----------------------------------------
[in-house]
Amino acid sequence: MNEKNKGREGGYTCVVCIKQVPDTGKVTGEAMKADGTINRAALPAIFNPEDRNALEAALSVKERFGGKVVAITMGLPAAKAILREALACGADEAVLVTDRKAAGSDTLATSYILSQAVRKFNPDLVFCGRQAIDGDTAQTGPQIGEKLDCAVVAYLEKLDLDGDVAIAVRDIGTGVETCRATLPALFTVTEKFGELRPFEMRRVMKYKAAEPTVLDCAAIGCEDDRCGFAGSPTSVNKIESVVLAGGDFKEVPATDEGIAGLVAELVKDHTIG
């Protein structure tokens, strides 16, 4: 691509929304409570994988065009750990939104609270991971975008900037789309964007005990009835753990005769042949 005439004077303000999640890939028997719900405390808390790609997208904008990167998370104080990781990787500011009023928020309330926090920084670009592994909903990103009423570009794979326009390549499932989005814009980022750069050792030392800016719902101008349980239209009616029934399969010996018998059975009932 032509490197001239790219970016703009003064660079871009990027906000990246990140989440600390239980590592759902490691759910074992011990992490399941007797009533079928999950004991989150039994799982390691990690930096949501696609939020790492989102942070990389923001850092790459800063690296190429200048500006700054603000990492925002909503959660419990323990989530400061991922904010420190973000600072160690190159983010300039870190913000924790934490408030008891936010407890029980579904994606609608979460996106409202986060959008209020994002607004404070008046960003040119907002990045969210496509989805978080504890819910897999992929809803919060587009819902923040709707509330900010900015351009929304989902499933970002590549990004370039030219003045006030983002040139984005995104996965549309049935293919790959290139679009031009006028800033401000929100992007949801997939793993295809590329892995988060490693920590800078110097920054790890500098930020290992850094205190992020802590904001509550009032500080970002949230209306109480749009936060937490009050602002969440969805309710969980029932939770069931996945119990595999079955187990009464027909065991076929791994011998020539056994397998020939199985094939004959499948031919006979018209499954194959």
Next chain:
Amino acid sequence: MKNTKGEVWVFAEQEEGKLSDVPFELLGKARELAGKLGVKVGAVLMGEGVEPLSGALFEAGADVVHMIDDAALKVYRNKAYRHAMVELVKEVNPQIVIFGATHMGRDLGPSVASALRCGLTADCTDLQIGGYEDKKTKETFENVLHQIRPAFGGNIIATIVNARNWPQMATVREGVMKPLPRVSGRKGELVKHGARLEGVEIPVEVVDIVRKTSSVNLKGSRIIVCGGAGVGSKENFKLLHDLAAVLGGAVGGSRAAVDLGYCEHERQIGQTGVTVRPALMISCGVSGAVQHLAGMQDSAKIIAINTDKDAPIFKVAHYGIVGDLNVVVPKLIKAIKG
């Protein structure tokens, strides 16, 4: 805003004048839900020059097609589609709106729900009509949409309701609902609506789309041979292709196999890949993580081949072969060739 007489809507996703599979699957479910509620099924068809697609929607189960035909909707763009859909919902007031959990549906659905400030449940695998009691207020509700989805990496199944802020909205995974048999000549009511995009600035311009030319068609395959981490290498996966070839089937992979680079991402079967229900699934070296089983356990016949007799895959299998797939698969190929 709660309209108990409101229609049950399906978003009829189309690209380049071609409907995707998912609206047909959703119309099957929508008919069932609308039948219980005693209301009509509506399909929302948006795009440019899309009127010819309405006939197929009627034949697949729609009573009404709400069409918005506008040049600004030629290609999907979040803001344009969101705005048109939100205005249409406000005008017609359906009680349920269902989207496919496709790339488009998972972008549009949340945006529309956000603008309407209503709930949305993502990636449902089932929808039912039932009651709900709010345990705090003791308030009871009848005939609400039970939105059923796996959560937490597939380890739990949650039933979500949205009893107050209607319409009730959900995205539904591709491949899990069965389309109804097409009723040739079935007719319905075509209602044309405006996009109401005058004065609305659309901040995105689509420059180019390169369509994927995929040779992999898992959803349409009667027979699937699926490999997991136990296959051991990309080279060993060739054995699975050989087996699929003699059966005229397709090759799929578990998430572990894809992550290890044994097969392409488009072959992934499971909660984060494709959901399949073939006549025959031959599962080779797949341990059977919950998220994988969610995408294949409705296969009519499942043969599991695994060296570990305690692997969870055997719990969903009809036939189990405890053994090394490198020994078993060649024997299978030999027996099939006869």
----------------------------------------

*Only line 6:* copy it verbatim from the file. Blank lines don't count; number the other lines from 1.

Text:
């Protein structure tokens, strides 16, 4: 805003004048839900020059097609589609709106729900009509949409309701609902609506789309041979292709196999890949993580081949072969060739 007489809507996703599979699957479910509620099924068809697609929607189960035909909707763009859909919902007031959990549906659905400030449940695998009691207020509700989805990496199944802020909205995974048999000549009511995009600035311009030319068609395959981490290498996966070839089937992979680079991402079967229900699934070296089983356990016949007799895959299998797939698969190929 709660309209108990409101229609049950399906978003009829189309690209380049071609409907995707998912609206047909959703119309099957929508008919069932609308039948219980005693209301009509509506399909929302948006795009440019899309009127010819309405006939197929009627034949697949729609009573009404709400069409918005506008040049600004030629290609999907979040803001344009969101705005048109939100205005249409406000005008017609359906009680349920269902989207496919496709790339488009998972972008549009949340945006529309956000603008309407209503709930949305993502990636449902089932929808039912039932009651709900709010345990705090003791308030009871009848005939609400039970939105059923796996959560937490597939380890739990949650039933979500949205009893107050209607319409009730959900995205539904591709491949899990069965389309109804097409009723040739079935007719319905075509209602044309405006996009109401005058004065609305659309901040995105689509420059180019390169369509994927995929040779992999898992959803349409009667027979699937699926490999997991136990296959051991990309080279060993060739054995699975050989087996699929003699059966005229397709090759799929578990998430572990894809992550290890044994097969392409488009072959992934499971909660984060494709959901399949073939006549025959031959599962080779797949341990059977919950998220994988969610995408294949409705296969009519499942043969599991695994060296570990305690692997969870055997719990969903009809036939189990405890053994090394490198020994078993060649024997299978030999027996099939006869």